Sarzin_2019_Forced_Displacement_Literatu.pdf - Public Disclosure Authorized Public Disclosure Authorized 2019 Compiled by Joint Data Center on Forced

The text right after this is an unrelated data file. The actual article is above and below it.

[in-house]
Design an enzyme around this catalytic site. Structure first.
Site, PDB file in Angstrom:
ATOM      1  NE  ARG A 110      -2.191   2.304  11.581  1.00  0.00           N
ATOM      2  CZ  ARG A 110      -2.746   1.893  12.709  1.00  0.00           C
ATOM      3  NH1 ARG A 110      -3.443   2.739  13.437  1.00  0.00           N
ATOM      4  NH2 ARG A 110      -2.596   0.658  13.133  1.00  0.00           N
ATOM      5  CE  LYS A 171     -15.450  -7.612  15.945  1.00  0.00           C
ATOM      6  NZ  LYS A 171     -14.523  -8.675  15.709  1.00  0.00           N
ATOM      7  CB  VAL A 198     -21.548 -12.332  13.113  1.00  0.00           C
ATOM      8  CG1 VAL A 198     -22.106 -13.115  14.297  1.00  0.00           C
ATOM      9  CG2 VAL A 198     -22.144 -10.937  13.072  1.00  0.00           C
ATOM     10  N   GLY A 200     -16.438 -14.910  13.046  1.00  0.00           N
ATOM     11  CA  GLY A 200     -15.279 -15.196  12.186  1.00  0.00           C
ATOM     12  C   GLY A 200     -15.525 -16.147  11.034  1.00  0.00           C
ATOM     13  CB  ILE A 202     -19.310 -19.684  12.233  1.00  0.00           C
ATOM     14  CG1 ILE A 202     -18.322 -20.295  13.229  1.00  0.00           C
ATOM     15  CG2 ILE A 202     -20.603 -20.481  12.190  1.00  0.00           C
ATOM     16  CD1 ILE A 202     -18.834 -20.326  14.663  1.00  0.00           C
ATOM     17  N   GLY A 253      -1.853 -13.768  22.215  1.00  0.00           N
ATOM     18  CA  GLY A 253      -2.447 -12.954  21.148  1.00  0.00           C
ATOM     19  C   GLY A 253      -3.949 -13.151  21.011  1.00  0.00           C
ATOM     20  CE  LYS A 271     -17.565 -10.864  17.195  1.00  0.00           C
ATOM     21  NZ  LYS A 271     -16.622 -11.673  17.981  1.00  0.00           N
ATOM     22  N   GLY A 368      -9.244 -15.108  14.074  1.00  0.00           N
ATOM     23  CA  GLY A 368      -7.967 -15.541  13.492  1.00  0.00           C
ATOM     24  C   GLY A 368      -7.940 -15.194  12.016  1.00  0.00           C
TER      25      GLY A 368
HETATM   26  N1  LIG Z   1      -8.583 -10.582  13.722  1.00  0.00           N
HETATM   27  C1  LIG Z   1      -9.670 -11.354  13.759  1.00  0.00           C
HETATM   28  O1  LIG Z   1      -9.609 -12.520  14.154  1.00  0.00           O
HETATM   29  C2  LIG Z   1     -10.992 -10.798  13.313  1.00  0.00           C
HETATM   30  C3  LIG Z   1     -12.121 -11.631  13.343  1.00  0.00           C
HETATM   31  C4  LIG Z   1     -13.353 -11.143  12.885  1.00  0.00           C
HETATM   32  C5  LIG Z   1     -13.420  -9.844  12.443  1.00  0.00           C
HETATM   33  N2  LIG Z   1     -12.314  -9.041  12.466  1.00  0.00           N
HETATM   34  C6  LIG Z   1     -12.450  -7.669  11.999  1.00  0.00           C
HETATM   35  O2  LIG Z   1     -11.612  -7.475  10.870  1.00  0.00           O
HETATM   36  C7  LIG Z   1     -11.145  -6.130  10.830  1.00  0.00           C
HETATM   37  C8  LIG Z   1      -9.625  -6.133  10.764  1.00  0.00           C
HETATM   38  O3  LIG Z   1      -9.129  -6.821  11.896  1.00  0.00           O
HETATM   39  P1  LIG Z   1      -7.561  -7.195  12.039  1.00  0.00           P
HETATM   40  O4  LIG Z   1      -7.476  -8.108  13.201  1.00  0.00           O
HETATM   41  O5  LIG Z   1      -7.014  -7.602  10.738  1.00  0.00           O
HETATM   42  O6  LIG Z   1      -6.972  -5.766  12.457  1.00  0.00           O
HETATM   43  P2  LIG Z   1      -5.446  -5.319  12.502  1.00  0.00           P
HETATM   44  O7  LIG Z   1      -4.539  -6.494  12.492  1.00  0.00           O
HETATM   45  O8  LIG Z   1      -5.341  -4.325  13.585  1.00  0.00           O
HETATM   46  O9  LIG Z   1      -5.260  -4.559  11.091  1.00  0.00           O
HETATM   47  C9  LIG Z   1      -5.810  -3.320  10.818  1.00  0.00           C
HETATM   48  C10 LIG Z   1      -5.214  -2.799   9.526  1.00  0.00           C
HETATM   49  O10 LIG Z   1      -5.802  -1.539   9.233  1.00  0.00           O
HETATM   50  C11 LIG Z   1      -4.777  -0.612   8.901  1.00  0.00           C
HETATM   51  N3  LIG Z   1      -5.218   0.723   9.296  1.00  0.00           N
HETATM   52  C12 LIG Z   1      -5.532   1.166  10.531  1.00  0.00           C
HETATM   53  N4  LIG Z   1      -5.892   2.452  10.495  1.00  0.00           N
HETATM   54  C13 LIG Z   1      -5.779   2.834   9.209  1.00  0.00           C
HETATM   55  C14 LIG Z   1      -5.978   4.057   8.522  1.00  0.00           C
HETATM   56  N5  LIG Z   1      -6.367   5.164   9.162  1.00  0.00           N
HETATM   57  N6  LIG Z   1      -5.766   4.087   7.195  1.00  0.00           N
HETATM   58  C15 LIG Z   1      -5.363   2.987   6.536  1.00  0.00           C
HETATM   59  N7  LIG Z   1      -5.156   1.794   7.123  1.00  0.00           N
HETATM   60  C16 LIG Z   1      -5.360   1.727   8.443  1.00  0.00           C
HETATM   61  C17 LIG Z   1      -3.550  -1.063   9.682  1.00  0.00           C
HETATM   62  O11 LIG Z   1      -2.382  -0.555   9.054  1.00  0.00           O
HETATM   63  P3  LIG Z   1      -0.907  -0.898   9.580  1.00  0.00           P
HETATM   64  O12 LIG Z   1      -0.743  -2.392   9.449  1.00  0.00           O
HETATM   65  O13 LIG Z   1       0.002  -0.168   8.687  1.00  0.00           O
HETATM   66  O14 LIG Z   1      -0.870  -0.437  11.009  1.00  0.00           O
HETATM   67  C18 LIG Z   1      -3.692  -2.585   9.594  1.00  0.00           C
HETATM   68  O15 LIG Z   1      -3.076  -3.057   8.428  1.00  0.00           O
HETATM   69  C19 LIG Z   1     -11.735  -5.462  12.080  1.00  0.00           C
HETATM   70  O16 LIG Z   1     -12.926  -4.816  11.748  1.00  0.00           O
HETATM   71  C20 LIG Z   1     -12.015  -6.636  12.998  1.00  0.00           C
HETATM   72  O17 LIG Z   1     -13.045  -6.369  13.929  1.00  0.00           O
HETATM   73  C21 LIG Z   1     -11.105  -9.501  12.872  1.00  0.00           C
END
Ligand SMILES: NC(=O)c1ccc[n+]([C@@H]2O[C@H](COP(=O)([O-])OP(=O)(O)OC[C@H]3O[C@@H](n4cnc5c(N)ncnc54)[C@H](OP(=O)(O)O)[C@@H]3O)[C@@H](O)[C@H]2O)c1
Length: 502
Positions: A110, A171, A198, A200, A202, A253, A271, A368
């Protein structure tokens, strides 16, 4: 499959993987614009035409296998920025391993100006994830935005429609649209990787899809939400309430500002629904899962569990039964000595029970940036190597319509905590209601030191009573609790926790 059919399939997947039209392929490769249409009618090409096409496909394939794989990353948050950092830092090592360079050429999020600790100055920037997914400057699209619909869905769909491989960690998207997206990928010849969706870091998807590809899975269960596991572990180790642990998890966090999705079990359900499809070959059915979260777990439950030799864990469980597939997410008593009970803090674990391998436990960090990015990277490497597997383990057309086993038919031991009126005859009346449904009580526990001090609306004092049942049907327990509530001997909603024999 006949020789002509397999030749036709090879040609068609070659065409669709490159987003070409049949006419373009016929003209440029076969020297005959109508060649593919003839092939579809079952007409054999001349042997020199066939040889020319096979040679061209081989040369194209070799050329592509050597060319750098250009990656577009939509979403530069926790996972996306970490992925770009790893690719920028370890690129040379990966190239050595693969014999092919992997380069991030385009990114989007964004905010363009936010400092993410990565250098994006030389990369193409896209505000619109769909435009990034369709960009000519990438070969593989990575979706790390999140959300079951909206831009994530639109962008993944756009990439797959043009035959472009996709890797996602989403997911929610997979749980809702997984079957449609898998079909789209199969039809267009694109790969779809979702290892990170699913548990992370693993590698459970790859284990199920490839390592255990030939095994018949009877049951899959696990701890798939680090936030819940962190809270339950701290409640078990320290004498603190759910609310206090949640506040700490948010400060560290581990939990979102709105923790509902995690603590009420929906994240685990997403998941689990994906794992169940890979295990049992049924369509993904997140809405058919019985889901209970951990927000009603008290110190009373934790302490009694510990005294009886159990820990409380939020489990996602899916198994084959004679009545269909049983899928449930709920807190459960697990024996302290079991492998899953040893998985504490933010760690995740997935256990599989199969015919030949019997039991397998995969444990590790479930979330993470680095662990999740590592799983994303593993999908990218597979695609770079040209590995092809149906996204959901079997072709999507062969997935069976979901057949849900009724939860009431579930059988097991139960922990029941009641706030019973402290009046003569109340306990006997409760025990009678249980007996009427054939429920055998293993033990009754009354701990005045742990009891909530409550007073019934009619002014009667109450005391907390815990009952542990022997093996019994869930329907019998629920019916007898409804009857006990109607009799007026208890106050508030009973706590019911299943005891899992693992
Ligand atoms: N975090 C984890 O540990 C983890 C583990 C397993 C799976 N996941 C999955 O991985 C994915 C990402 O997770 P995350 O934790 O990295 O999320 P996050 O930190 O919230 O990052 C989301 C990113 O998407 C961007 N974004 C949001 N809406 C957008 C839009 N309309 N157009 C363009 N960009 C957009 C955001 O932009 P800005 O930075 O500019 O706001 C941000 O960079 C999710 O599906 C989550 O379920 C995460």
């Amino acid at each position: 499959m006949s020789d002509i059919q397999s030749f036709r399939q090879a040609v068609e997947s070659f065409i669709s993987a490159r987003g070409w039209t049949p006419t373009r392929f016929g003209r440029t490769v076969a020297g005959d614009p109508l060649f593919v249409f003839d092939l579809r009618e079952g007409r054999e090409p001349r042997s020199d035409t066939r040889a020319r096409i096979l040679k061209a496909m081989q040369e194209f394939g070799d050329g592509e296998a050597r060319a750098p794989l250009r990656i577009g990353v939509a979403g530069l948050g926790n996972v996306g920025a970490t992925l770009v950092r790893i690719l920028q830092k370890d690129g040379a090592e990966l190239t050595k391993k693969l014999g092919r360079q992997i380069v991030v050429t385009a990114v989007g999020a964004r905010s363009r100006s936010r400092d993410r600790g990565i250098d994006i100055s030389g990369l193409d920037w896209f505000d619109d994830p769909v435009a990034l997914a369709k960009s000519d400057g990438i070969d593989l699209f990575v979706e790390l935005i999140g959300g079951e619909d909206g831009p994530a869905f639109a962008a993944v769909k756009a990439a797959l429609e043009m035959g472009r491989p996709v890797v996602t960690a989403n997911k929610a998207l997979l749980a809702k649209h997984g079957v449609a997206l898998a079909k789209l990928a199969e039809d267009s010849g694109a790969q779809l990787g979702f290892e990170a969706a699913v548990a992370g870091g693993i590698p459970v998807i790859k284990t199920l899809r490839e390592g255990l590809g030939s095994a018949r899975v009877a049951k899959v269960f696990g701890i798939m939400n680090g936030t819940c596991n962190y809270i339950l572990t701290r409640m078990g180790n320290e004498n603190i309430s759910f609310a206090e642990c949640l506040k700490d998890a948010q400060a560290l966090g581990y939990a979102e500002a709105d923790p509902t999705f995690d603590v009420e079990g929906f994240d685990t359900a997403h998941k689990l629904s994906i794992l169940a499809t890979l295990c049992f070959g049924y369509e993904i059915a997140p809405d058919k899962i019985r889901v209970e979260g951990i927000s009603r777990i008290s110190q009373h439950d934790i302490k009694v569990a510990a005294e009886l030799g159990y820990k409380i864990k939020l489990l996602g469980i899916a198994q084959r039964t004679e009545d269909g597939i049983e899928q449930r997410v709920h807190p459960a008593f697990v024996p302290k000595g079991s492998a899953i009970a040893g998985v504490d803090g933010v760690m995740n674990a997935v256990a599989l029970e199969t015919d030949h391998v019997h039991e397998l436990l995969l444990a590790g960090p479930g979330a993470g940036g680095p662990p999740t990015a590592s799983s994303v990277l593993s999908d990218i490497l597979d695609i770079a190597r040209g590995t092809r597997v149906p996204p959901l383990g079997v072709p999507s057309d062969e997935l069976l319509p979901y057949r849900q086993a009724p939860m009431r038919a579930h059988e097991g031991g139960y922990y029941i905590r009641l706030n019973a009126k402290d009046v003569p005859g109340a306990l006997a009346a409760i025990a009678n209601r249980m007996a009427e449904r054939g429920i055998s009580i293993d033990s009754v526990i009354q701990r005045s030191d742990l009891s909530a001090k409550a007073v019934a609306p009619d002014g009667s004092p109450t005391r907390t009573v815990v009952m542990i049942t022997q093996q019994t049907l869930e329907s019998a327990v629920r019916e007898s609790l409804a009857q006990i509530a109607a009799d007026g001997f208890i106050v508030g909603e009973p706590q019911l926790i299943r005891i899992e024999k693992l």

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Unformatted text preview: Public Disclosure Authorized Public Disclosure Authorized 2019 Compiled by Joint Data Center on Forced Displacement Public Disclosure Authorized Public Disclosure Authorized FORCED DISPLACEMENT LITERATURE REVIEW Note: The JDC Literature Review provides summaries of recently published research to encourage the exchange of ideas on topics related to forced displacement. The findings, interpretations and conclusions expressed in the literature included in this review are entirely those of their authors and do not necessarily represent the views of the Joint Data Center, UNHCR, the World Bank, the Executive Directors of the World Bank or the governments they represent. For convenience, the Literature Review contains links to websites operated by third parties. The Joint Data Center and its affiliate organizations do not represent or endorse these sites or the content, services and products they may offer, and do not guarantee the accuracy or reliability of any information, data, opinions, advice or statements provided on these sites. INTRODUCTION The Literature Review compiled by the Joint Data Center (JDC) on Forced Displacement highlights recent publications, academic scholarship, and thought leadership on issues relating to forced displacement. Our intention is to stimulate discussion, encourage the exchange of ideas, and support a ‘Community of Practice’ on forced displacement. By sharing up-to-date data and analysis, the Literature Review supports JDC’s overall mission: to enhance the ability of stakeholders to make timely and evidence-informed decisions that can improve the lives of affected people. Our Literature Review is not intended to be an exhaustive survey of recent academic scholarship on forced displacement. Rather, JDC selects what it considers to be the most relevant literature based on a broad search of recent publications, including working papers, peer-reviewed academic journals as well as reports produced by international organizations, government agencies, NGOs, and research and policy institutes. Nor is this Literature Review intended to be a critical or integrative review of recent scholarship on forced displacement. Instead, it provides a short summary of the selected publications in a clear, concise and readable format. This document—which we will update regularly—is a compilation of all previous issues of the forced displacement literature review, including prior issues prepared by the World Bank’s Fragility Conflict and Violence Group. It organizes the literature by theme into the following 11 chapters: 1. Countries of Origin, Return, and Restitution, covering drivers of forced displacement, as well as literature relating to the return of displaced people and the restitution of their land and property. 2. Education, including impacts on educational outcomes of host community and displaced children, barriers to improving educational outcomes, and education interventions in displacement contexts. 3. Gender and LGTBI, covering literature related to gender-based violence, marriage and fertility, and LGTBI issues. 4. Geopolitics of Forced Displacement and Foreign Aid, including the impact of aid on asylum seeker and refugee flows, global compacts and trade preferences, and responsibility- and burden-sharing. 5. Health, including mental health impacts and health interventions for displaced populations. 6. Impact on Host Communities and Host Countries, covering impacts on poverty, labor markets and firms, housing markets, education, politics, crime, migration dynamics, conflict and macroeconomic outcomes. 7. Integration, Inclusion, and Social Cohesion of displaced populations, including socio-economic profiles of displaced populations, access to services, labor market outcomes, poverty and 2 wellbeing, as well as policies and programs to promote economic integration. This chapter also includes literature on social cohesion and interactions with host communities. 8. Internal Displacement, drawing together the literature on the causes and drivers of internal displacement, specific vulnerabilities of IDPs, socio-economic impacts on host countries and communities, and the return and reintegration of IDPs. 9. Private Sector, including private sector initiatives to engage displaced populations and host communities as well as assessments of market potential. 10. Technology, covering emerging technologies in displacement contexts. 11. Urban and Local Government, including case studies of displacement in urban contexts. We hope this easily searchable compilation of over 300 summaries will be useful to our subscribers. We welcome your feedback on this initial compilation as well as suggestions for future issues. Please address them to Zara Sarzin at [email protected] If you are not already receiving the monthly issues of the JDC’s Literature Review, you can subscribe to new issues here. Björn Gillsäter Head of the Joint Data Center on Forced Displacement – a partnership between the World Bank and UNHCR 3 Table of Contents I. COUNTRIES OF ORIGIN, RETURN, AND RESTITUTION ............................. 19 Climate Change and Forced Migration..................................................................................... 20 Missirian and Schlenker (2017) Asylum Applications Respond to Temperature Fluctuations .................... 20 Abel et al (2019) Climate, Conflict, and Forced Migration ........................................................................... 20 Decisions to Flee .................................................................................................................... 21 Jaspars and Margie Buchanan-Smith (2018) Darfuri Migration from Sudan to Europe: From Displacement to Despair ..................................................................................................................................................... 21 Kirwin and Anderson (2018) Identifying the Factors Driving West African Migration ................................ 23 Ceriani and Verme (2018) Risk Preferences and the Decision to Flee Conflict ............................................ 25 Bocquého et al (2018) Risk and Refugee Migration..................................................................................... 25 UNODC (2018) Global Study on Smuggling of Migrants 2018 ..................................................................... 26 Schon (2019) Motivation and Opportunity for Conflict-Induced Migration: An Analysis of Syrian Migration Timing .......................................................................................................................................................... 28 Steele (2019) Civilian Resettlement Patterns in Civil War ........................................................................... 29 Aksoy and Poutvaara (2019) Refugees’ Self-selection into Europe: Who Migrates Where? ...................... 30 Balcilar and Nugent (2019) The Migration of Fear: An Analysis of Migration Choices of Syrian Refugees . 32 Saldarriaga and Hua (2019) A Gravity Model Analysis of Forced Displacement in Colombia...................... 32 Communities Left Behind........................................................................................................ 33 Passey (2018) How Migration to Europe Affects Those Left Behind ........................................................... 33 Howe et al (2018) The Wages of War: Learning from How Syrians Have Adapted their Livelihoods through Seven Years of Conflict................................................................................................................................. 34 Salmon, Assaf and Francis (2018) Surviving Firms of the Syrian Arab Republic: A Rapid Assessment ........ 34 Return ................................................................................................................................... 35 Dadush (2018) The Economic Effects of Refugee Return ............................................................................ 35 Keith and Shawaf (2018) When is Return Voluntary? Conditions of Asylum in Lebanon ............................ 36 Vignal (2018) Perspectives on the Return of Syrian Refugees ..................................................................... 36 Samuel Hall (2018) Syria’s Spontaneous Returns ........................................................................................ 37 IMPACT Initiatives (2018) Picking up the Pieces: Realities of Return and Reintegration in North-East Syria ..................................................................................................................................................................... 37 4 Abdel-Rahim et al (2018) Forced Displacement and Behavioral Change: An Empirical Study of Returnee Households in the Nuba Mountains ............................................................................................................ 39 DSP and Impact Initiatives (2019) Far from Home: Future Prospects for Syrian Refugees in Iraq .............. 40 World Bank (2019) The Mobility of Displaced Syrians - An Economic and Social Analysis .......................... 42 Restitution of Land and Property ............................................................................................ 44 Clutterbuck (2018) Property Restitution in Post-Conflict Syria ................................................................... 44 Arraiza and Leckie (2018) A Vision for Restitution in Myanmar .................................................................. 44 Miscellaneous ........................................................................................................................ 45 Siddiqui (2018) Balancing the Rights of Displaced, Returning and Remaining Populations: Learning from Iraq ............................................................................................................................................................... 45 Fabbe et al (2019) A Persuasive Peace: Syrian Refugees’ Attitudes Towards Compromise and Civil War Termination ................................................................................................................................................. 45 II. EDUCATION ........................................................................................ 47 Impacts of Displacement on Educational Outcomes of Displaced People .................................. 48 Sieverding et al (2018) Education Interrupted: Enrollment, Attainment, and Dropout of Syrian Refugees in Jordan .......................................................................................................................................................... 48 Becker et al (2018) Forced Migration and Human Capital: Evidence from Post-WWII Population Transfers ..................................................................................................................................................................... 49 Impacts on Educational Outcomes of Host Communities ......................................................... 49 Tumen (2018) The Impact of Low-skill Refugees on Youth Education (PRELIMINARY) ............................... 49 Assaad et al (2018) Impact of Syrian Refugees in Jordan on Education Outcomes for Jordanian Youth .... 50 Bossavie (2018) The Effect of Immigrant Concentration at School on Natives’ Achievement: Does Length of Stay in the Host Country Matter? ............................................................................................................ 51 Fransen et al (2018) The Impact of Refugee Experiences on Education: Evidence from Burundi ............... 51 Bilgili et al (2019) Is the Education of Local Children Influenced by Living Nearby a Refugee Camp? Evidence from Host Communities in Rwanda .............................................................................................. 52 Bataineh and Montalbano (2018) The Impact of Syrian Crisis on the Quality of Education in Jordan: A Quantitative and Qualitative Assessment ................................................................................................... 53 Tumen (2019) Refugees and ‘Native Flight’ from Public to Private Schools ................................................ 53 Tumen (2019) The Effect of Refugees on Native Adolescents’ Test Scores: Quasi-Experimental Evidence from PISA ..................................................................................................................................................... 54 Barriers to Improving Educational Outcomes .......................................................................... 55 OLIve (2019) “Education is Key to Life”: The Importance of Education from the Perspective of Displaced Learners ....................................................................................................................................................... 55 Gladwell (2019) Accessing and Thriving in Education in the UK .................................................................. 55 5 Hauber-Özer (2019) Schooling Gaps for Syrian Refugees in Turkey ............................................................ 56 Psycho-Social Support ............................................................................................................ 57 McEvoy (2019) Feeling Safe Enough to Learn in a Conflict Zone ................................................................. 57 Khaddour (2019) Early Childhood Development and Psychosocial Support in Syria ................................... 57 Singh and Tocchio (2019) Child-friendly Spaces: Enhancing their Role in Improving Learning Outcomes .. 58 Iversen and Oestergaard (2019) Gender Equality in Education in Emergencies ......................................... 58 Disability ................................................................................................................................ 59 Barrett, Marshall and Goldbart (2019) Refugee Children with Communication Disability in Rwanda: Providing the Educational Services They Need ............................................................................................ 59 Adult Literacy ......................................................................................................................... 60 Lanciotti (2019) Adult Literacy: An Essential Component of the CRRF ........................................................ 60 Digital Skills............................................................................................................................ 60 Peromingo and Pieterson (2018) The New World of Work and the Need for Digital Empowerment ......... 60 Displaced Teachers ................................................................................................................. 61 Duale et al (2019) Teachers in Displacement: Learning from Dadaab ......................................................... 61 Connected Learning ................................................................................................................ 61 El-Ghali and Ghosn (2019) Connected Learning: The Future for Higher Education? ................................... 61 Dushime et al (2019) Connected Learning: A Refugee Assessment ........................................................... 62 Education Assessment Tools ................................................................................................... 62 Bali (2019) Improving Learning Environments in Emergencies through Community Participation ............ 62 D’Sa et al (2019) Feasible Measurement of Learning in Emergencies: Lessons from Uganda .................... 63 Krupar and Anselme (2019) Applying Learning Theory to Shape ‘Good Learning’ in Emergencies: Experience from Dadaab, Kenya .................................................................................................................. 63 Private Sector Engagement ..................................................................................................... 64 Zakharia and Menashy (2018) Private Sector Engagement in Refugee Education ...................................... 64 Informal Education ................................................................................................................. 64 Hagan (2019) Street Schools and School Buses: Informal Education Provision in France ........................... 64 Education Policy ..................................................................................................................... 64 UNESCO (2018) 2019 Global Education Monitoring Report: Migration, Displacement and Education: Building Bridges Not Walls ........................................................................................................................... 64 Viscontia and Galb (2018) Regional Collaboration to Strengthen Education for Nationals & Syrian Refugees in Arabic Speaking Host Countries ............................................................................................... 67 Chinnery (2019) Jordan: Education Policy in Transition .............................................................................. 68 Simopoulos and Alexandridis (2019) Refugee Education in Greece: Integration or Segregation? .............. 68 Baron (2019) UK Immigration Policy: Restrictions on Asylum Seekers’ Right to Study ............................... 69 6 Purkey and Irving (2019) The Importance of Access and Accreditation: Learning from the Thailand– Myanmar Border .......................................................................................................................................... 69 Erden (2019) Child Labour and School Attendance in Turkey ..................................................................... 70 Education Interventions in Displacement Contexts .................................................................. 70 Abdul-Hamid et al (2016) Learning in the Face of Adversity: The UNRWA Education Program for Palestine Refugees ...................................................................................................................................................... 70 Save the Children (2017) Restoring Hope, Rebuilding Futures: A Plan of Action for Delivering Universal Education for South Sudanese Refugees in Uganda .................................................................................... 71 Save the Children (2017) Promising Practices in Refugee Education .......................................................... 72 Lacey and Viola (2019) Strengthening Education Systems for Long-Term Education Responses ............... 72 Shammout and Vandecasteele (2019) Inter-sectoral Cooperation for Afghan Refugee Education in Iran . 73 Belghazi (2019) Learning in Resettlement ................................................................................................... 74 Miscellaneous ........................................................................................................................ 75 Bray-Watkins (2019) Breaking the Silence: Sexual Coercion and Abuse in Post-Conflict Education ........... 75 Alalami (2019) Evidence for Education in Emergencies: Who Decides and Why it Matters ....................... 75 Kelcey (2019) Navigating Curricula Choices for Palestine Refugees ............................................................ 75 Diebold et al (2019) Educating Unaccompanied Children in US Shelters .................................................... 76 III. GENDER AND LGBTI ............................................................................ 77 Gender-Based Violence .......................................................................................................... 78 Chynoweth (2018) Caring for Male and LGBTI Sexual Violence Survivors: Learning from Local Organisations ............................................................................................................................................... 78 ...